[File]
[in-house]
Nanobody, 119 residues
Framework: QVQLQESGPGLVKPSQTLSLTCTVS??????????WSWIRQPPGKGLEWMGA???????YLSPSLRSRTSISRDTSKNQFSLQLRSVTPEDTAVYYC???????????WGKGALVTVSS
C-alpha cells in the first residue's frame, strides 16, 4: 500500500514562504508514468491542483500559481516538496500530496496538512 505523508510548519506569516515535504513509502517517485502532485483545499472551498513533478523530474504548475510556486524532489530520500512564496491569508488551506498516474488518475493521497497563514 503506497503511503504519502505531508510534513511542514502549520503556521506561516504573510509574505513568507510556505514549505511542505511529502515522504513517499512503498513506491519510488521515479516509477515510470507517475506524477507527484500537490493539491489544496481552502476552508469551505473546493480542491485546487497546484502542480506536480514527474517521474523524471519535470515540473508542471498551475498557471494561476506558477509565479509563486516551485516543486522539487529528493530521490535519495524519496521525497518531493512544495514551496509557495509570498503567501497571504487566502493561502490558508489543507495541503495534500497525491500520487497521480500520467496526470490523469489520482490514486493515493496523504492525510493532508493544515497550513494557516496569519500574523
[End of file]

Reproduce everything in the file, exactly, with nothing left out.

[in-house]
Nanobody, 119 residues
Framework: QVQLQESGPGLVKPSQTLSLTCTVS??????????WSWIRQPPGKGLEWMGA???????YLSPSLRSRTSISRDTSKNQFSLQLRSVTPEDTAVYYC???????????WGKGALVTVSS
C-alpha cells in the first residue's frame, strides 16, 4: 500500500514562504508514468491542483500559481516538496500530496496538512 505523508510548519506569516515535504513509502517517485502532485483545499472551498513533478523530474504548475510556486524532489530520500512564496491569508488551506498516474488518475493521497497563514 503506497503511503504519502505531508510534513511542514502549520503556521506561516504573510509574505513568507510556505514549505511542505511529502515522504513517499512503498513506491519510488521515479516509477515510470507517475506524477507527484500537490493539491489544496481552502476552508469551505473546493480542491485546487497546484502542480506536480514527474517521474523524471519535470515540473508542471498551475498557471494561476506558477509565479509563486516551485516543486522539487529528493530521490535519495524519496521525497518531493512544495514551496509557495509570498503567501497571504487566502493561502490558508489543507495541503495534500497525491500520487497521480500520467496526470490523469489520482490514486493515493496523504492525510493532508493544515497550513494557516496569519500574523